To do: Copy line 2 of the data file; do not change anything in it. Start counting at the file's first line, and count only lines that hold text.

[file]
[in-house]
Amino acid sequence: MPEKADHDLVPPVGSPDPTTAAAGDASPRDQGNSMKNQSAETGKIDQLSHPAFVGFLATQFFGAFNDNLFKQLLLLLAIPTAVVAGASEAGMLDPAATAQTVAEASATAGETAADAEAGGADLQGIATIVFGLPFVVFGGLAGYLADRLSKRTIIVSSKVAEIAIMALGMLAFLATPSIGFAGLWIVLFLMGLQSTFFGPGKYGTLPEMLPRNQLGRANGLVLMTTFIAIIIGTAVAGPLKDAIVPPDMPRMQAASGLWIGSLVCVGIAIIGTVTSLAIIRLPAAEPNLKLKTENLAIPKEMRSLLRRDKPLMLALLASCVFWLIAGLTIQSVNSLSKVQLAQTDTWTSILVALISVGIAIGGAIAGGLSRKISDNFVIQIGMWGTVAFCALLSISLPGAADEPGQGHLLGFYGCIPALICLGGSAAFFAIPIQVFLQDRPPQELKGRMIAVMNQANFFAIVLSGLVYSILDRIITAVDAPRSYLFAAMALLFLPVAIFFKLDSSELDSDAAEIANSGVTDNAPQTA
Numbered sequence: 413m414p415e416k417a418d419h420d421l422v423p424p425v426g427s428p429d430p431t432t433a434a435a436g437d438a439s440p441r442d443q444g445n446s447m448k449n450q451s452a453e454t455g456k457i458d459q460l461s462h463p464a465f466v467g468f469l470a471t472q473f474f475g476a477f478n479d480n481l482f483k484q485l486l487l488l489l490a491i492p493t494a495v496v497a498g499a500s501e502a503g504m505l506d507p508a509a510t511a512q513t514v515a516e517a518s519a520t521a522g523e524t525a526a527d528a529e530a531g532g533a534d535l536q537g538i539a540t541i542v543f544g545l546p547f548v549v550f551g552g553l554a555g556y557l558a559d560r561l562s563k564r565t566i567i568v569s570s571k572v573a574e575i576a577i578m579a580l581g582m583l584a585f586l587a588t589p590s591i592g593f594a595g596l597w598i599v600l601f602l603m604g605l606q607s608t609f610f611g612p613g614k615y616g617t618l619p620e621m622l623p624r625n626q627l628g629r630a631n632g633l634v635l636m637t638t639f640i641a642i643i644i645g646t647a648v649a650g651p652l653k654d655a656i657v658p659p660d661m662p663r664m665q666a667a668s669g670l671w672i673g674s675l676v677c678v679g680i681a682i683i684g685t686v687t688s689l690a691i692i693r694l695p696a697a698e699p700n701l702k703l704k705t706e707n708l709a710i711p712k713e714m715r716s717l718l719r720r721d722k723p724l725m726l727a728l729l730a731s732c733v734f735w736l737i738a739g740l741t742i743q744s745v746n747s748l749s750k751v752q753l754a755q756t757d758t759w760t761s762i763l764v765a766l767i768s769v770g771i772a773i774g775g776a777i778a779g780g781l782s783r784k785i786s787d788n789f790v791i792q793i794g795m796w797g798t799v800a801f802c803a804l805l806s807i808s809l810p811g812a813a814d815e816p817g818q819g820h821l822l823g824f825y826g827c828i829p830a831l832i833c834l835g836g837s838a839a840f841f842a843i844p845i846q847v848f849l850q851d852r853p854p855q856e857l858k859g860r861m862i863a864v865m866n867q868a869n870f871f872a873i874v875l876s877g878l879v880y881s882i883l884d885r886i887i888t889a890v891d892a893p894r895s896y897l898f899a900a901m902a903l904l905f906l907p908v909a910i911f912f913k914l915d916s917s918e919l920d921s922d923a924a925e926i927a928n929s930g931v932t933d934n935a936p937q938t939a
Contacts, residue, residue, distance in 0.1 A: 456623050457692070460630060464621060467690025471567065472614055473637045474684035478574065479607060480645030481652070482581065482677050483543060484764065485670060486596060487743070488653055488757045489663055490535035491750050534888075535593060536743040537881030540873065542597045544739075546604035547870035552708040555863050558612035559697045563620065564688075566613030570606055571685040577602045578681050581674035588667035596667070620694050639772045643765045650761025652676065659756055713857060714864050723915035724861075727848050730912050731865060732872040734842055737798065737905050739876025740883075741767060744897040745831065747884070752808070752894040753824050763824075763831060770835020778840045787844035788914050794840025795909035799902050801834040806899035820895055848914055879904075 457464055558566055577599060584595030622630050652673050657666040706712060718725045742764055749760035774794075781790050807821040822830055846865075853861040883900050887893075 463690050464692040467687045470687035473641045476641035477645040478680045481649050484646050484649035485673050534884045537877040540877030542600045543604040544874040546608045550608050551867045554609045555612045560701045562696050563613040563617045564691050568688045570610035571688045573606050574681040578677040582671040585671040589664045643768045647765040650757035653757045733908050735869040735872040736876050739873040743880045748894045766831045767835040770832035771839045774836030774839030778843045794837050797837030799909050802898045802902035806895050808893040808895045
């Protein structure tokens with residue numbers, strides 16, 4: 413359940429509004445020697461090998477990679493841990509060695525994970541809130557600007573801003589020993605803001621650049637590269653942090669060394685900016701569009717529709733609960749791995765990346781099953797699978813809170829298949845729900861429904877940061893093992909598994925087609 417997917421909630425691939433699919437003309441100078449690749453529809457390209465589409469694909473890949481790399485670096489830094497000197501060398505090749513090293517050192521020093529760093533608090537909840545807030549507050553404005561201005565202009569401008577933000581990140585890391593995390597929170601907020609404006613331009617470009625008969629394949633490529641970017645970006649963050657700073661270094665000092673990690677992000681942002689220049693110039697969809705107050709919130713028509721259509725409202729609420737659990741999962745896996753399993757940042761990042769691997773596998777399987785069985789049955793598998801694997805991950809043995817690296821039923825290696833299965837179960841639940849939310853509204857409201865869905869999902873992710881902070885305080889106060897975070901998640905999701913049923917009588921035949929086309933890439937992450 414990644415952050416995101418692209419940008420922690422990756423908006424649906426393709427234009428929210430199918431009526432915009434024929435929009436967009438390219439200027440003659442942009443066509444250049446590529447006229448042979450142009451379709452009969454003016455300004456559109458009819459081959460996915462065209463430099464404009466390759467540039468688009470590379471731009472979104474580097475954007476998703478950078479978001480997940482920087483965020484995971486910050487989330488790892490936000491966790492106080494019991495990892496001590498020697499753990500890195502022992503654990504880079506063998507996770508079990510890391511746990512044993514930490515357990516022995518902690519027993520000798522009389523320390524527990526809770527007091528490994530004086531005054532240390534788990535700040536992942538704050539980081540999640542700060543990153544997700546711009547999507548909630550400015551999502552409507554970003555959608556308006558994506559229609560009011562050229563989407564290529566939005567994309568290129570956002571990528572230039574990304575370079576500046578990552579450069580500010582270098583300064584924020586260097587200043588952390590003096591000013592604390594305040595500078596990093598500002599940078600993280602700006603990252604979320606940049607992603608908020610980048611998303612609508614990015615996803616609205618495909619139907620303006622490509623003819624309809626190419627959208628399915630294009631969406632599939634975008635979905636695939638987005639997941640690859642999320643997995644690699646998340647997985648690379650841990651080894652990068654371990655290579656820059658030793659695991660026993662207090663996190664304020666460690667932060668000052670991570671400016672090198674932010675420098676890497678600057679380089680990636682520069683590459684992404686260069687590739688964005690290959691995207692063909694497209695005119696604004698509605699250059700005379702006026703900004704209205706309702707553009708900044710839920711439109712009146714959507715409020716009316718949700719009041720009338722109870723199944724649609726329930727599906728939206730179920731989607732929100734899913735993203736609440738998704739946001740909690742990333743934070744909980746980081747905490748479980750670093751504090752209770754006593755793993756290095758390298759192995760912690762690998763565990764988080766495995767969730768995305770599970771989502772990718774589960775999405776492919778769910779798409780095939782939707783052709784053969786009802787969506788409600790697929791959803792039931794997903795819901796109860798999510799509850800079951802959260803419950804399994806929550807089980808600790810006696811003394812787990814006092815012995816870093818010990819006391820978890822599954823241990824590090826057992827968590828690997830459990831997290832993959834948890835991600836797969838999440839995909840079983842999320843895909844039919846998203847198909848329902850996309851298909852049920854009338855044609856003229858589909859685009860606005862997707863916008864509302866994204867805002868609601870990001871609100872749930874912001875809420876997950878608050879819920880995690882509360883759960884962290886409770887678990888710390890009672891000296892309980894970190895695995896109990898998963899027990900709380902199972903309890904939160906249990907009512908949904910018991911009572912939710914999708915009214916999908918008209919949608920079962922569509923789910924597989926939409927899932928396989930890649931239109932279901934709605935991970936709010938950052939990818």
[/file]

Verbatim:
Amino acid sequence: MPEKADHDLVPPVGSPDPTTAAAGDASPRDQGNSMKNQSAETGKIDQLSHPAFVGFLATQFFGAFNDNLFKQLLLLLAIPTAVVAGASEAGMLDPAATAQTVAEASATAGETAADAEAGGADLQGIATIVFGLPFVVFGGLAGYLADRLSKRTIIVSSKVAEIAIMALGMLAFLATPSIGFAGLWIVLFLMGLQSTFFGPGKYGTLPEMLPRNQLGRANGLVLMTTFIAIIIGTAVAGPLKDAIVPPDMPRMQAASGLWIGSLVCVGIAIIGTVTSLAIIRLPAAEPNLKLKTENLAIPKEMRSLLRRDKPLMLALLASCVFWLIAGLTIQSVNSLSKVQLAQTDTWTSILVALISVGIAIGGAIAGGLSRKISDNFVIQIGMWGTVAFCALLSISLPGAADEPGQGHLLGFYGCIPALICLGGSAAFFAIPIQVFLQDRPPQELKGRMIAVMNQANFFAIVLSGLVYSILDRIITAVDAPRSYLFAAMALLFLPVAIFFKLDSSELDSDAAEIANSGVTDNAPQTA